Relative deprivation and attribution: From grievance to action

Iain WALKER, Ngai Kin Wong, Kerry Kretzschmar

Research output: A Conference proceeding or a Chapter in BookChapterpeer-review


Relative deprivation theory belongs to a family of social evaluation theories (Pettigrew, 1967) that have as their common bond a focus on the social comparative nature of social judgments. The core of the relative deprivation (RD) construct is that when people's expectations about the goods and conditions of life to which they believe they are entitled are thwarted, they become angry and are motivated to redress the perceived inequity. Judgments about entitlements can only be made relatively – people compare their current or anticipated outcomes with those of other individuals or groups. Unfortunately, as with most members of the family of social evaluation theories, when RD theory has been applied to major social issues, it has typically been in a post hoc manner. As a theory, it will only mature if it lends itself to prediction, rather than retrospection. This point has been made for several decades now. One reason why RD theory has been applied retrospectively more than prospectively is the relative absence of testable models linking the perception of deprivation, through various mediators, to behavioral outcomes. In this chapter we attempt to specify such a model. The model we suggest integrates Folger's Referent Cognition Theory (RCT) of RD (Folger, 1984, 1986, 1987; Mark & Folger, 1984) and Weiner's version of attribution theory (1985, 1986, 1995). We begin by describing RCT, and claim that it is a general, useful, and parsimonious model of RD.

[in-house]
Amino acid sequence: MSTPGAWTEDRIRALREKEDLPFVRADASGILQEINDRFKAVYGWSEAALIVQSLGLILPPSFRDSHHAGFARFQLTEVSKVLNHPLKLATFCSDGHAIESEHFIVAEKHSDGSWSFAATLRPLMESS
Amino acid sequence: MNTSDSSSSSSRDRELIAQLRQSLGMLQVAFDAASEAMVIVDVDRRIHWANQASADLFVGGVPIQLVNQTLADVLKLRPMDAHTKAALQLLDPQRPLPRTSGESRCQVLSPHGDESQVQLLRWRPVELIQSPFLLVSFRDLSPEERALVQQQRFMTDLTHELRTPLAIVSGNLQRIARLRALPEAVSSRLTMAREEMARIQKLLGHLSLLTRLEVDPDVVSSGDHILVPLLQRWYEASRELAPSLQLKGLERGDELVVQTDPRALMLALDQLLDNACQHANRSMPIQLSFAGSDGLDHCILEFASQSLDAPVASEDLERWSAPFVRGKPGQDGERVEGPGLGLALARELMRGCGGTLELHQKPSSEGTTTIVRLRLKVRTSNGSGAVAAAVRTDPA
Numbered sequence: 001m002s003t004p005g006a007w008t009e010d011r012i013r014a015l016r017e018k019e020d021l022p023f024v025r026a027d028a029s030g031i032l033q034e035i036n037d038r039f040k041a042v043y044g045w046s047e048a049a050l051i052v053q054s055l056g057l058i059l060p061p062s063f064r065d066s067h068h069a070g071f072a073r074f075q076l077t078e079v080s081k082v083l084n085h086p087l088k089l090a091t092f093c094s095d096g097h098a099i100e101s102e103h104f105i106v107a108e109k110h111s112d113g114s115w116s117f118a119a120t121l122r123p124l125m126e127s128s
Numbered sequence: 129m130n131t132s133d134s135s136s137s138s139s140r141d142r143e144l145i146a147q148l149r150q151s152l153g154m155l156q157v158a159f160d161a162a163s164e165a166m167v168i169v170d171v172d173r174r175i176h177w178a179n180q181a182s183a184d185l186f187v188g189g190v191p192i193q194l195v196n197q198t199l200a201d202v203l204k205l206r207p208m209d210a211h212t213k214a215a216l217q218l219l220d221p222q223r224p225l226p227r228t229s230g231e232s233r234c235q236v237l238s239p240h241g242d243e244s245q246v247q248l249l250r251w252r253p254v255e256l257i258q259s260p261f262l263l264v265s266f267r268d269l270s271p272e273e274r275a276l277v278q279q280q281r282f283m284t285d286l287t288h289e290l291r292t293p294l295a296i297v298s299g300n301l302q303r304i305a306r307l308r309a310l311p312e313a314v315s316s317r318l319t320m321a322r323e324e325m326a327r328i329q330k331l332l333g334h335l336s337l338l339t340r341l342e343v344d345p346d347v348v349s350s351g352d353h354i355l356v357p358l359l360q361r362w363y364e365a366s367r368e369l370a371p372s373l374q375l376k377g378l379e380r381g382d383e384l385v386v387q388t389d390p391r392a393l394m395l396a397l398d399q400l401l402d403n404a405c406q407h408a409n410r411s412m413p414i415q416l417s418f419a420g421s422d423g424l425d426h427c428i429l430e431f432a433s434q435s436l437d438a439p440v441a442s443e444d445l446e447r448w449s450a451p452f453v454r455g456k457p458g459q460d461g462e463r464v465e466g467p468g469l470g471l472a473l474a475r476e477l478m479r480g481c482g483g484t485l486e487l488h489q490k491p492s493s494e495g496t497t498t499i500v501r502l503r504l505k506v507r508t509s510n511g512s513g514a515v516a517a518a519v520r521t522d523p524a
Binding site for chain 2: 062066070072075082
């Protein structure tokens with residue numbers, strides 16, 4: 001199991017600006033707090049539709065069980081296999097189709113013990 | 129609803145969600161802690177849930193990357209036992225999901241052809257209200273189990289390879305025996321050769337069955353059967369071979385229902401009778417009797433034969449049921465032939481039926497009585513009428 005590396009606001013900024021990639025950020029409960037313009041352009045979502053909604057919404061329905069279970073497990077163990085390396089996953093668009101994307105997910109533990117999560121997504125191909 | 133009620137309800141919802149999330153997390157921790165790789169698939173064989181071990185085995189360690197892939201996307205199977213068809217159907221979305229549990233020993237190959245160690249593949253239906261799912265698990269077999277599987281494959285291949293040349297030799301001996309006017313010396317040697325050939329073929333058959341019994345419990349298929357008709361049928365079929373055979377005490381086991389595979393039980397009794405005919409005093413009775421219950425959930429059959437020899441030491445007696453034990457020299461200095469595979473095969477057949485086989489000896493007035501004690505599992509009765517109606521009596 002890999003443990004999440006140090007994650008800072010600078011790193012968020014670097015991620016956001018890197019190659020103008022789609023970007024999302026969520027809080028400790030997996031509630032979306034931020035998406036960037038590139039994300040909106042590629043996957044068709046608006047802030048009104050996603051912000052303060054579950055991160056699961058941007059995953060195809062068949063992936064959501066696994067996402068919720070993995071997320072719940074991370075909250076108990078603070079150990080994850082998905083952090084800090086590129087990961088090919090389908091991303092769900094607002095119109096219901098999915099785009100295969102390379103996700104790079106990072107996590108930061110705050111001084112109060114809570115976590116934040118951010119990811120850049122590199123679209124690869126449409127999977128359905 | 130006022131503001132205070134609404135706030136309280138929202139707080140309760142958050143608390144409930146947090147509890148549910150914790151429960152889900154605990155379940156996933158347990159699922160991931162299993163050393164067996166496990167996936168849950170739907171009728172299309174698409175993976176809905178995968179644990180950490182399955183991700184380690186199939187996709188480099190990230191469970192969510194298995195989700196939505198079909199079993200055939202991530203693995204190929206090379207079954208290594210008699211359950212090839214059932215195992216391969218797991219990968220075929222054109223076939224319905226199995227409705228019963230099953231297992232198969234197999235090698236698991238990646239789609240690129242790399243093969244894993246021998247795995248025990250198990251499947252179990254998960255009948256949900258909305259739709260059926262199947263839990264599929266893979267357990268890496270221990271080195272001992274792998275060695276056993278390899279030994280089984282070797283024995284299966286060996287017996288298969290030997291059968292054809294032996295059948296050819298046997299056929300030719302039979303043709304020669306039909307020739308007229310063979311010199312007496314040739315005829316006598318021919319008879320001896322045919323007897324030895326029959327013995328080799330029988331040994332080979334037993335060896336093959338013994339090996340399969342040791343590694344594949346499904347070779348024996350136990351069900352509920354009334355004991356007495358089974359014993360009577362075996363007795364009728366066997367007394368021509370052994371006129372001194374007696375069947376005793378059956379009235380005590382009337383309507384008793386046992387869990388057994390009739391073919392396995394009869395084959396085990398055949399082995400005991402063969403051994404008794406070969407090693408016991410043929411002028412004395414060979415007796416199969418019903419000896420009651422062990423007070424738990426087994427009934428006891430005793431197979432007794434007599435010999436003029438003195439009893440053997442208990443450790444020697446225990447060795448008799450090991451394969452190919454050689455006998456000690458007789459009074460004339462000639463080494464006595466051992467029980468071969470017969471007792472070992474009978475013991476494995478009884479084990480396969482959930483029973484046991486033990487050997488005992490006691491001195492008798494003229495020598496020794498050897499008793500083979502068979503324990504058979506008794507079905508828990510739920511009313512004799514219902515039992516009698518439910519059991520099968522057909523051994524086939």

Original languageEnglish
Title of host publicationRelative deprivation theory:
Subtitle of host publicationSpecification, development, and integration
EditorsIain Walker, Heather Smith
PublisherCambridge Univeristy Press
Number of pages25
ISBN (Electronic)9780511527753
ISBN (Print)9780521180696
Publication statusPublished - 2002


Dive into the research topics of 'Relative deprivation and attribution: From grievance to action'. Together they form a unique fingerprint.

Cite this